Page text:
Tasmanian fine wine could find its way onto even more tables thanks to new research showing the island state has a wealth of untapped prime grape-growing locations.

The study, funded by the Australian and Tasmanian governments, and managed by the Tasmanian Institute of Agriculture (TIA) (a joint venture between the University of Tasmania and the Tasmanian Government) was undertaken by Dr Richard Smart, of Smart Viticulture and Dr Reuben Wells, of Ag Logic.

It found that many areas of Tasmania have climates and soils suitable to support new and increased planting of vineyards.

Climate is the major influence on wine grape ripeness, followed by soil. The warmth of a site can impact the rate of ripening, while frost defence can represent a large operating cost in susceptible vineyards.

The report was prepared to provide more detailed information to potential vineyard investors, and examined these factors. A number of maps as examples were developed showing the most suitable vineyard sites in the Dorset region, the upper Derwent Valley and the Central Midlands. The same approach can be used in other Tasmanian regions.

Dr Smart says Australian wine companies have by and large failed to invest sufficiently in genuine cool climate viticultural regions like Tasmania, and continue to lose domestic and export market share to New Zealand.

“Hopefully this report will give investor’s confidence to develop new vineyards and processing facilities in Tasmania, and so help to reverse these trends,” Dr Smart says.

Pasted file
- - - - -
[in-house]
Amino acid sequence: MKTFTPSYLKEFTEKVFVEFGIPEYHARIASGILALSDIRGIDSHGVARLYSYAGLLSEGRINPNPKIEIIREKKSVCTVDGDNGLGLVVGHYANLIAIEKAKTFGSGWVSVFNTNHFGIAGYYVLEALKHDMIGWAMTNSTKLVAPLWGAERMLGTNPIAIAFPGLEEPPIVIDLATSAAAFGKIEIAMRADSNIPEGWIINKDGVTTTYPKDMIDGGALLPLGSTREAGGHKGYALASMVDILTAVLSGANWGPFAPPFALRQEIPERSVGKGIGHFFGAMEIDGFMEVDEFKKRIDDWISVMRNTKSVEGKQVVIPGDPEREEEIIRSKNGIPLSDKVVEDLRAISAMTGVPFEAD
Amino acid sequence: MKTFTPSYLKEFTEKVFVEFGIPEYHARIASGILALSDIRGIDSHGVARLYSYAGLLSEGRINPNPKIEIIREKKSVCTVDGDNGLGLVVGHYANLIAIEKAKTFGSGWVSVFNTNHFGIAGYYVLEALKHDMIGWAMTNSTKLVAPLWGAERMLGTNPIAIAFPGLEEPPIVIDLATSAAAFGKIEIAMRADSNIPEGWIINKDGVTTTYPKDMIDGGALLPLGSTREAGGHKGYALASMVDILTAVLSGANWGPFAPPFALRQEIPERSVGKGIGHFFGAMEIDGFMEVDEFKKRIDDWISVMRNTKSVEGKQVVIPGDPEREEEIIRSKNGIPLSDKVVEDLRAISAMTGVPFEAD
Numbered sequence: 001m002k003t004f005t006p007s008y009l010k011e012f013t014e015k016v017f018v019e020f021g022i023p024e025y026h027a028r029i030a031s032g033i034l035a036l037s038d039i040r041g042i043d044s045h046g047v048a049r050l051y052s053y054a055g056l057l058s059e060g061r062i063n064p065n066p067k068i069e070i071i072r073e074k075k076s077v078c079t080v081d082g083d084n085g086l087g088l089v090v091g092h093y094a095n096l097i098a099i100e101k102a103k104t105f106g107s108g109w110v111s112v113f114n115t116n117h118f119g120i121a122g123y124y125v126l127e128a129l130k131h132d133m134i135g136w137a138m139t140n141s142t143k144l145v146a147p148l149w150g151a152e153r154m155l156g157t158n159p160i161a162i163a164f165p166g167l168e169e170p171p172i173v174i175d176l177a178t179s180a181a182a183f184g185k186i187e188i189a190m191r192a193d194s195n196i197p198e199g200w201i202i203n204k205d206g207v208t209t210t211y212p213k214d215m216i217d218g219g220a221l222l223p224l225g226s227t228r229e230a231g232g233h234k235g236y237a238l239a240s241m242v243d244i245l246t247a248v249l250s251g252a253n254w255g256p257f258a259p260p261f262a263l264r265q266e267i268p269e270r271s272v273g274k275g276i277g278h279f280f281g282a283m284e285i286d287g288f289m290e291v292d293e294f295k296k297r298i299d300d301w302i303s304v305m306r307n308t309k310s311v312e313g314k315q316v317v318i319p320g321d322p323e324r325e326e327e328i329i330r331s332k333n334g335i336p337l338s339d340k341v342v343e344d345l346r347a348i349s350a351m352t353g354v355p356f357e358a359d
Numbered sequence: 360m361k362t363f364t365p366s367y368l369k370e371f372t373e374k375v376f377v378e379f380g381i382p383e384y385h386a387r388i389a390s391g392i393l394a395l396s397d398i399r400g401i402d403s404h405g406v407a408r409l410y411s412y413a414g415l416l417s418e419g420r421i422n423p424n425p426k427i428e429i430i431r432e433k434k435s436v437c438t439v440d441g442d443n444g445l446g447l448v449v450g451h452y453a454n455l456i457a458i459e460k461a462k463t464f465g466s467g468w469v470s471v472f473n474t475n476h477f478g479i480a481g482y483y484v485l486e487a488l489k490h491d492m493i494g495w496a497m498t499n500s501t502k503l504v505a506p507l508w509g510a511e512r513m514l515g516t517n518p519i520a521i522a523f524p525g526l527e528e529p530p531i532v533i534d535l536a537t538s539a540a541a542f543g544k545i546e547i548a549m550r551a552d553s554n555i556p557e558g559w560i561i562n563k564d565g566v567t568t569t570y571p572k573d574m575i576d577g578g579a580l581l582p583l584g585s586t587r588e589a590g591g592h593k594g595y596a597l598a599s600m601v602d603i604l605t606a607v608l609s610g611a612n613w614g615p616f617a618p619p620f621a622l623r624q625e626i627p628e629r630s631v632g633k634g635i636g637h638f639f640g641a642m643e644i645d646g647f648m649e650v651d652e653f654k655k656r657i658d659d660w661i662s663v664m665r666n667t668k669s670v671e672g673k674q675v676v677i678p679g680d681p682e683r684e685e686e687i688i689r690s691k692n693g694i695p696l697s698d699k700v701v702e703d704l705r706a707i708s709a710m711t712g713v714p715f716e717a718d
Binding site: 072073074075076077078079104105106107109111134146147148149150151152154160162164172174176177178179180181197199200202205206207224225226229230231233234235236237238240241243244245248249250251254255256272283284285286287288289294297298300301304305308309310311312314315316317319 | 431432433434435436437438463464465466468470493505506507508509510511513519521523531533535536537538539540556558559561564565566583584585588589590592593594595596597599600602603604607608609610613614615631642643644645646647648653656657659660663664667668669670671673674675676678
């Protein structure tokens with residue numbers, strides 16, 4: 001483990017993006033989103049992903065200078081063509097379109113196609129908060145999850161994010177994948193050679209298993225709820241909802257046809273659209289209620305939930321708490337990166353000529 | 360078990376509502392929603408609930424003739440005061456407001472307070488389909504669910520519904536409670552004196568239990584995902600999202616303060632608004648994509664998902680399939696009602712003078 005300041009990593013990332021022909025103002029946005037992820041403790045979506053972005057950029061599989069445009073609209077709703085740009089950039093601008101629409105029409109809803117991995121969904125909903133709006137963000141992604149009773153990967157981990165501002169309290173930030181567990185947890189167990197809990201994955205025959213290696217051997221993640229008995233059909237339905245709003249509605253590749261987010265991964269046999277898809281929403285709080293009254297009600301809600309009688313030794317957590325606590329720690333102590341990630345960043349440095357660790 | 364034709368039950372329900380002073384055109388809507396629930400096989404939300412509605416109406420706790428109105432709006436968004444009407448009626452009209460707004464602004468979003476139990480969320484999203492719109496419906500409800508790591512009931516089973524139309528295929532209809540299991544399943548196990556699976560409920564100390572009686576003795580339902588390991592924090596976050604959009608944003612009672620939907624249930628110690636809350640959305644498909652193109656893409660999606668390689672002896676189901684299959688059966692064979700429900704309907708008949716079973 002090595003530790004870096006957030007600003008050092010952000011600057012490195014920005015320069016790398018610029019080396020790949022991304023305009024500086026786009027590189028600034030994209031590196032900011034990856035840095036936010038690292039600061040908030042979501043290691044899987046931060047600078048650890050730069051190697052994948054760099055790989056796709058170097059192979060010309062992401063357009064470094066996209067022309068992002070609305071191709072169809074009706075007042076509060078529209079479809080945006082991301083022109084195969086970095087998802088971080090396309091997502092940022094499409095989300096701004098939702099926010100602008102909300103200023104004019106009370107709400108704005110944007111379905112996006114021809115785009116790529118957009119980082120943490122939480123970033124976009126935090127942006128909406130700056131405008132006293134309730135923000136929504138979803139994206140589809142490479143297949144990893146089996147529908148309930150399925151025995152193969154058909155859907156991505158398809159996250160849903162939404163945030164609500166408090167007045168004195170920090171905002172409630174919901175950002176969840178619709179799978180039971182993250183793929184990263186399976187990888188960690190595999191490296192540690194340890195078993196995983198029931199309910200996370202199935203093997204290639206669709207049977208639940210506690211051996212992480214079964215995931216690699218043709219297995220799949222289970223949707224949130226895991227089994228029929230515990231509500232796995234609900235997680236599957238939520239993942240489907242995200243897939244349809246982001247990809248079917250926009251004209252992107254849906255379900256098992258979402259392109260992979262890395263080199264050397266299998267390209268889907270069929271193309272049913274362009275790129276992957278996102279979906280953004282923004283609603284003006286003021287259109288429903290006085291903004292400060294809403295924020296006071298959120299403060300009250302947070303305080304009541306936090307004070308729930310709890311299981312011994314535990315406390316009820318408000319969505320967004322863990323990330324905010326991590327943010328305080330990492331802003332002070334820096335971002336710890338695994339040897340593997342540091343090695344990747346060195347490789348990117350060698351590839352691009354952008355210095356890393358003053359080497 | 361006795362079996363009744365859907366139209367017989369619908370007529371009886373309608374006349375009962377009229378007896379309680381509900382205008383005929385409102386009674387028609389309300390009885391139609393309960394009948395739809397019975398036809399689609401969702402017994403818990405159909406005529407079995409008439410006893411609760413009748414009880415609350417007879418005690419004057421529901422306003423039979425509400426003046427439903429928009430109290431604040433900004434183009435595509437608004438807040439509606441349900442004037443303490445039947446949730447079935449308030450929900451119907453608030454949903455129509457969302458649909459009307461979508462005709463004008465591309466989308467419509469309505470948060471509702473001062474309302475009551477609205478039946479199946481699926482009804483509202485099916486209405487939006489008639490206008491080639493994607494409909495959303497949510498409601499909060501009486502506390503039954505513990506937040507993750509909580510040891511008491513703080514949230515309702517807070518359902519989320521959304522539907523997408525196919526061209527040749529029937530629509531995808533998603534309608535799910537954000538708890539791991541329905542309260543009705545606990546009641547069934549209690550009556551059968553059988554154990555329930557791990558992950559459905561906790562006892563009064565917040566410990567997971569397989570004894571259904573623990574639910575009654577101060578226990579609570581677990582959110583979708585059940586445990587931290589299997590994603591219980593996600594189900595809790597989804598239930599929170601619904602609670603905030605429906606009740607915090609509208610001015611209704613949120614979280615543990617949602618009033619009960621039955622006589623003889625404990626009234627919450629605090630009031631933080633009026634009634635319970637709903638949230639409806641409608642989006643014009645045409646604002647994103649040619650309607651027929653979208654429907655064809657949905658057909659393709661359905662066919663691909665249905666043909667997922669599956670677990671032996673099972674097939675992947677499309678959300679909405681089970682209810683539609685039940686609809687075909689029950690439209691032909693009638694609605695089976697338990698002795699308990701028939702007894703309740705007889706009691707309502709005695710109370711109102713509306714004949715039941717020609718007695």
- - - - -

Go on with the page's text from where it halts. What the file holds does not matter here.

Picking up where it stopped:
“Tasmania is one of a few parts of Australia with suitable climate for ultra-premium wine production, and by national and international standards the land is very affordable.”

When more investors realise the substantial  potential of Tasmania for fine wine production, the sector could be expected to grow substantially, as New Zealand’s has over the last three decades.

TIA’s Associate Professor Dugald Close, who managed the project, says the findings will help further cement Tasmania as a world class wine investment location.

“The ultra-premium wine styles at which Tasmania excels are currently showing market growth, such as Pinot Noir, aromatic white wines and sparkling wines,” Associate Professor Close says.

“In addition, our wine industry continues to garner international acclaim, with the state’s premium cool-climate wines and winemakers consistently receiving awards and recognition.”

The island’s peak wine body, Wine Tasmania, welcomed release of the research.

“The Tasmanian wine sector has experienced significant investment over the past few years, with increasing strong interest in its premium wines”, said Wine Tasmania CEO Sheralee Davies.

“The research provides valuable technical information on Tasmanian sites suitable for future vineyard plantings. Combined with technical, business and marketing support, this research will assist the confidence and knowledge of potential vineyard investors.”

Ever thought of studying Agricultural Science?

The University of Tasmania offers a range of undergraduate and postgraduate degrees such as the  Bachelor of Applied Science (Food Science and Innovation), Bachelor of Agricultural Science and Master of Applied Science (Agricultural Science).